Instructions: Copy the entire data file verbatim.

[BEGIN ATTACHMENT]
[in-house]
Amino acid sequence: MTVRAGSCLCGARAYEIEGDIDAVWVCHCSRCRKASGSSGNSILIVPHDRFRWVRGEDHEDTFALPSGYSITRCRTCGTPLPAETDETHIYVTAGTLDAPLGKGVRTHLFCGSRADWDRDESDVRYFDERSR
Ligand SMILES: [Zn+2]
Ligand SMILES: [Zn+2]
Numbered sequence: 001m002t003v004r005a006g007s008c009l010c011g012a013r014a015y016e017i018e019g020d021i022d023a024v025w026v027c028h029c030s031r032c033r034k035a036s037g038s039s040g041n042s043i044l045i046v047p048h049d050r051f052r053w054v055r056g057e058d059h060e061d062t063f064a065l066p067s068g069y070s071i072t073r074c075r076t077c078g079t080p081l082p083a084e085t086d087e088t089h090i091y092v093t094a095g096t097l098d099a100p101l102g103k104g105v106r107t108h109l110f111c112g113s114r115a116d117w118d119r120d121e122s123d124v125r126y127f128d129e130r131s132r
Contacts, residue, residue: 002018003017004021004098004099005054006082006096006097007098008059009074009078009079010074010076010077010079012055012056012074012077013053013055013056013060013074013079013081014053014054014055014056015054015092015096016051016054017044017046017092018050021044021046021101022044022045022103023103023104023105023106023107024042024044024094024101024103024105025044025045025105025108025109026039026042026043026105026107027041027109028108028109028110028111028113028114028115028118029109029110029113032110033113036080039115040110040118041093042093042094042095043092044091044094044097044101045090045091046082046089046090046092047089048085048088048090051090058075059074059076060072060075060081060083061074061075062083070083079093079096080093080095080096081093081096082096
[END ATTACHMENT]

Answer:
[in-house]
Amino acid sequence: MTVRAGSCLCGARAYEIEGDIDAVWVCHCSRCRKASGSSGNSILIVPHDRFRWVRGEDHEDTFALPSGYSITRCRTCGTPLPAETDETHIYVTAGTLDAPLGKGVRTHLFCGSRADWDRDESDVRYFDERSR
Ligand SMILES: [Zn+2]
Ligand SMILES: [Zn+2]
Numbered sequence: 001m002t003v004r005a006g007s008c009l010c011g012a013r014a015y016e017i018e019g020d021i022d023a024v025w026v027c028h029c030s031r032c033r034k035a036s037g038s039s040g041n042s043i044l045i046v047p048h049d050r051f052r053w054v055r056g057e058d059h060e061d062t063f064a065l066p067s068g069y070s071i072t073r074c075r076t077c078g079t080p081l082p083a084e085t086d087e088t089h090i091y092v093t094a095g096t097l098d099a100p101l102g103k104g105v106r107t108h109l110f111c112g113s114r115a116d117w118d119r120d121e122s123d124v125r126y127f128d129e130r131s132r
Contacts, residue, residue: 002018003017004021004098004099005054006082006096006097007098008059009074009078009079010074010076010077010079012055012056012074012077013053013055013056013060013074013079013081014053014054014055014056015054015092015096016051016054017044017046017092018050021044021046021101022044022045022103023103023104023105023106023107024042024044024094024101024103024105025044025045025105025108025109026039026042026043026105026107027041027109028108028109028110028111028113028114028115028118029109029110029113032110033113036080039115040110040118041093042093042094042095043092044091044094044097044101045090045091046082046089046090046092047089048085048088048090051090058075059074059076060072060075060081060083061074061075062083070083079093079096080093080095080096081093081096082096